Saturday, March 10, 2012

Is Dhaka a city under siege?

Government's harsh measures disturb life.


The unprecedented security measures the government has taken ahead of the planned BNP's 'Dhaka Cholo' (Let's March to Dhaka) programme for March 12 has left citizens mystified and worried. On the one hand, there is the big question of whether such stringent measures are at all needed when a party simply wishes to exercise its democratic right in a furtherance of its politics. On the other, the way in which conditions are being handled makes it clear that the nation's capital has been placed in a state of siege by the government. All the signs point to a state of panic on the part of the administration in the sense that it thinks the political opposition could really be up to some mischief.

The government's explanation is that such measures are necessary in order to avert chaos on the streets. Of course, no citizen desires to see chaos taking over. But what the authorities clearly seem to be ignoring is the fact that on March 12 it will not be just the BNP which will remain busy with its political programmes. There are tens of thousands of citizens who, as usual, will have their deadlines to meet and responsibilities to fulfill on the day. Now, with the police taking over the streets and then even raiding hotels and messes in the city to ensure that no anti-government elements are around, it is the residents of Dhaka who are being put into great difficulties. The job of a government is to make life easier for people. In the present case, precisely the opposite is being done. It is simply not acceptable.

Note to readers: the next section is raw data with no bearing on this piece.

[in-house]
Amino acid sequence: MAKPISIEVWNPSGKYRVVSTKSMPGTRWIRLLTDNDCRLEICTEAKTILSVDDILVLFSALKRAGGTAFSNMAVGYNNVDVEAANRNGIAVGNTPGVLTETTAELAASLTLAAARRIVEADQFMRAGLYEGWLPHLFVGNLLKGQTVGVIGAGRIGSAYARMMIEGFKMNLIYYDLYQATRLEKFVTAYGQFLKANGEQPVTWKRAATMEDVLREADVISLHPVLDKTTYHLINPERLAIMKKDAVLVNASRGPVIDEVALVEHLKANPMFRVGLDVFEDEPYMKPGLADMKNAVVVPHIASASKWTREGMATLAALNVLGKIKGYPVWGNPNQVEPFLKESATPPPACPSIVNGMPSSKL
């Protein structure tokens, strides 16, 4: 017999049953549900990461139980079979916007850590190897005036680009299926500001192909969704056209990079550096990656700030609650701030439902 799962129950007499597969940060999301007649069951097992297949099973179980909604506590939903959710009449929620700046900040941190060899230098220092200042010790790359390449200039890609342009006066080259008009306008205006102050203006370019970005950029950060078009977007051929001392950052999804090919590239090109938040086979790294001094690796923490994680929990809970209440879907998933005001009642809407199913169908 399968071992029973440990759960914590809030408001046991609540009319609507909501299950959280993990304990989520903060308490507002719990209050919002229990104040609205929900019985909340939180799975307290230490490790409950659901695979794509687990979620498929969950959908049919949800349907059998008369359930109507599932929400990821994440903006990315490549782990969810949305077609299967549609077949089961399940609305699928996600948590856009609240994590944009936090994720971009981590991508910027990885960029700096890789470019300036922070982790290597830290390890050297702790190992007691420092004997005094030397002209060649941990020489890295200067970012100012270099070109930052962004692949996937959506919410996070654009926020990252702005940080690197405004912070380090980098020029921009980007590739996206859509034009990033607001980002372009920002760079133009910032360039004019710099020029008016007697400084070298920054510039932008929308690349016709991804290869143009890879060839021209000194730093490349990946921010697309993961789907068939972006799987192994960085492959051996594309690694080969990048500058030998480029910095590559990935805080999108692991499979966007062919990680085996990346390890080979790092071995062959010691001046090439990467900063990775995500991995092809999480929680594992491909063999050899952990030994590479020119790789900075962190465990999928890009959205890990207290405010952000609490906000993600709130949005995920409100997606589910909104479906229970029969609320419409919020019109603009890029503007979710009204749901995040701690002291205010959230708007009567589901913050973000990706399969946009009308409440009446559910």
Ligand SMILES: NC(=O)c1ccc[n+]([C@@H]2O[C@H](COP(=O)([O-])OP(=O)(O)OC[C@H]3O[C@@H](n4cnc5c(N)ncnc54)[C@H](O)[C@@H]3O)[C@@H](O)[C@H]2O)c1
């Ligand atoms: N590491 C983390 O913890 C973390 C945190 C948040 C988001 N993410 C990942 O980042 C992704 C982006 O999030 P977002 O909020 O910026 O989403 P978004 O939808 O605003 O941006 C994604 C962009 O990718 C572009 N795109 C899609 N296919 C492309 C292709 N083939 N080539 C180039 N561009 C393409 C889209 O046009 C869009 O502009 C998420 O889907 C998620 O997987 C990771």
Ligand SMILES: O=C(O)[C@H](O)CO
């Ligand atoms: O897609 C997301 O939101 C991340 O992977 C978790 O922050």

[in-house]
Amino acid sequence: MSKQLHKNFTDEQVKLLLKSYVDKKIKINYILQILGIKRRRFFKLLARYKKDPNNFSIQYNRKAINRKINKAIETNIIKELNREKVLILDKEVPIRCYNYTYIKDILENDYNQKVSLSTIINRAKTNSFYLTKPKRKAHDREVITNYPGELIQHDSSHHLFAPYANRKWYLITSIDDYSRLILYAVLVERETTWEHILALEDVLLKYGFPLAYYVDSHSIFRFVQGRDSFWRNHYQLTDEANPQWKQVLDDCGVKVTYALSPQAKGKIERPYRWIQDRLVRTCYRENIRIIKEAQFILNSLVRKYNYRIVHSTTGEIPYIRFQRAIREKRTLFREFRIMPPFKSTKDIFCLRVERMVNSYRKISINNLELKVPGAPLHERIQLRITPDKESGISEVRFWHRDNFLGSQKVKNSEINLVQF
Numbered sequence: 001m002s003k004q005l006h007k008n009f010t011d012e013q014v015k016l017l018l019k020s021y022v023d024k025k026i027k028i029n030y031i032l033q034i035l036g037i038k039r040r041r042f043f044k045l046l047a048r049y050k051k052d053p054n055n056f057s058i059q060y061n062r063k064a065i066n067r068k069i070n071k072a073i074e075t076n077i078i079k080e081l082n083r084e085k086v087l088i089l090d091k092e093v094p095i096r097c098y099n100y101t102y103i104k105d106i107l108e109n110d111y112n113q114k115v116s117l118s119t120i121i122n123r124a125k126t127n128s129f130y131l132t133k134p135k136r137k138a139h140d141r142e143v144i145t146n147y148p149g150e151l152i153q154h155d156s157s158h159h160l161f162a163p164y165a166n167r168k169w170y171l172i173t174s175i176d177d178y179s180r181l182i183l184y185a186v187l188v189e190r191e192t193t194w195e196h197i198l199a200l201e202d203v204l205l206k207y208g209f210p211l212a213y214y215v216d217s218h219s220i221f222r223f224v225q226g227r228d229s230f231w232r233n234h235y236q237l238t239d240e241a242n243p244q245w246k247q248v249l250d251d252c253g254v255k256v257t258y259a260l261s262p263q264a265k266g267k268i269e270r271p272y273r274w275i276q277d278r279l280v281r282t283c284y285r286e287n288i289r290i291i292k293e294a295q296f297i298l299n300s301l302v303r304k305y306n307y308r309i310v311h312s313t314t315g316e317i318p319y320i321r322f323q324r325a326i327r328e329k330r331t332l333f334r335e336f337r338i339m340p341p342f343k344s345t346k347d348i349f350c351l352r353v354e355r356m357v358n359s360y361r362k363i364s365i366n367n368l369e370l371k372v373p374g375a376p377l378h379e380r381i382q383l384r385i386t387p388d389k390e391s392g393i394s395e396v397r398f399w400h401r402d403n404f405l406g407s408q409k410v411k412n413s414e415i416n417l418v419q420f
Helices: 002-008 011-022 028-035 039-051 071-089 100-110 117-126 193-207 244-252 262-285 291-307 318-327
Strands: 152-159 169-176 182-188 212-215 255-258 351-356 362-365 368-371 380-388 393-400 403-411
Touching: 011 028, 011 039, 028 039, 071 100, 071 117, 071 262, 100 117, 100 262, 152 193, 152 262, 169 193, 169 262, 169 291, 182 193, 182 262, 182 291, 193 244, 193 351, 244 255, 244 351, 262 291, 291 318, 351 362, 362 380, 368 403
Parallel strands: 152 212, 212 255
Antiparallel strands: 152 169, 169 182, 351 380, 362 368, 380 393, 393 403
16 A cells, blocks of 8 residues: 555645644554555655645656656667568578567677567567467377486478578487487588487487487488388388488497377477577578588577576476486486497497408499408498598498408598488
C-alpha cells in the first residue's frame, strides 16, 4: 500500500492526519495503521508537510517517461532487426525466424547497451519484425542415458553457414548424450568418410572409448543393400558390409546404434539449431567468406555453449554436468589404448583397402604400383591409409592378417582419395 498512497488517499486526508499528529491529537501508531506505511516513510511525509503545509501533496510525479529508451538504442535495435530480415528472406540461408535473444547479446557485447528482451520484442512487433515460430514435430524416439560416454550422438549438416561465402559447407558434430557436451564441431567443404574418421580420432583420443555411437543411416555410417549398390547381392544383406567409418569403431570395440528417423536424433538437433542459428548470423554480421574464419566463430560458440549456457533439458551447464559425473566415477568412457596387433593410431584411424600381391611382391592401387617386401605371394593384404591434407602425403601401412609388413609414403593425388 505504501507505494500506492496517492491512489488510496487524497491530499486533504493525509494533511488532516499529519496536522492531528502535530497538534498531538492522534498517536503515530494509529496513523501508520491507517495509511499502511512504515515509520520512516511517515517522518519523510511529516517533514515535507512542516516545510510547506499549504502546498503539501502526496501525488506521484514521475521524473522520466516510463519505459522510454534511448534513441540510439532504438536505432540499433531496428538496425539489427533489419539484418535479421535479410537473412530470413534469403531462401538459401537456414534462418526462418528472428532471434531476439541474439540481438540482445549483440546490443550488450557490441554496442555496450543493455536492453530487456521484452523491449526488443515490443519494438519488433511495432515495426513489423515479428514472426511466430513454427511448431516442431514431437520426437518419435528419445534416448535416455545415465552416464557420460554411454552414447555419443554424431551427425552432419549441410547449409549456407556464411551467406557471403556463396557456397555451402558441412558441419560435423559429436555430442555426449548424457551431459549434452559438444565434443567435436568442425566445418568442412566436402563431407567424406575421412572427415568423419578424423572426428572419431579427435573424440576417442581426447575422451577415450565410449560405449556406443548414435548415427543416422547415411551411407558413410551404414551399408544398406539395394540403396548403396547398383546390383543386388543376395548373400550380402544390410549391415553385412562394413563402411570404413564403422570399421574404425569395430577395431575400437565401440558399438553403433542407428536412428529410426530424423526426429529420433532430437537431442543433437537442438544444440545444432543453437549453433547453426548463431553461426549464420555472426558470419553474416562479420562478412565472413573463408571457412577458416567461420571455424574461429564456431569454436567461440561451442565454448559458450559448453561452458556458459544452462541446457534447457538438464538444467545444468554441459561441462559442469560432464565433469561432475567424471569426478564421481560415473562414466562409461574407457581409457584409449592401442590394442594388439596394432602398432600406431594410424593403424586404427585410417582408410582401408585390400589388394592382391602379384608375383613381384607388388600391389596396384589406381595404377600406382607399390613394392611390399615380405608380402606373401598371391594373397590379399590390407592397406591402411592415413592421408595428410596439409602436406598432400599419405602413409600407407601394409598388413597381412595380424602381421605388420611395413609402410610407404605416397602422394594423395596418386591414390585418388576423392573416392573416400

As for the government's measures to keep the BNP in check, we believe they are misplaced and demonstrate all the features of a police state. If the opposition does engage in any subversive act, the government can very well take action on March 12. But to go about hunting down BNP activists all over the city and even at bus and railway stations and river terminals prior to that date flies in the face of rational thinking. The BNP, the ruling party might do well to remember, is not a proscribed organization but a well-established and major political party. Therefore, for the government to go after it in this rather medieval fashion is really to undermine its own credibility. 

We urge the government and the opposition to step back a little and do nothing that will inflame further an already worrisome situation.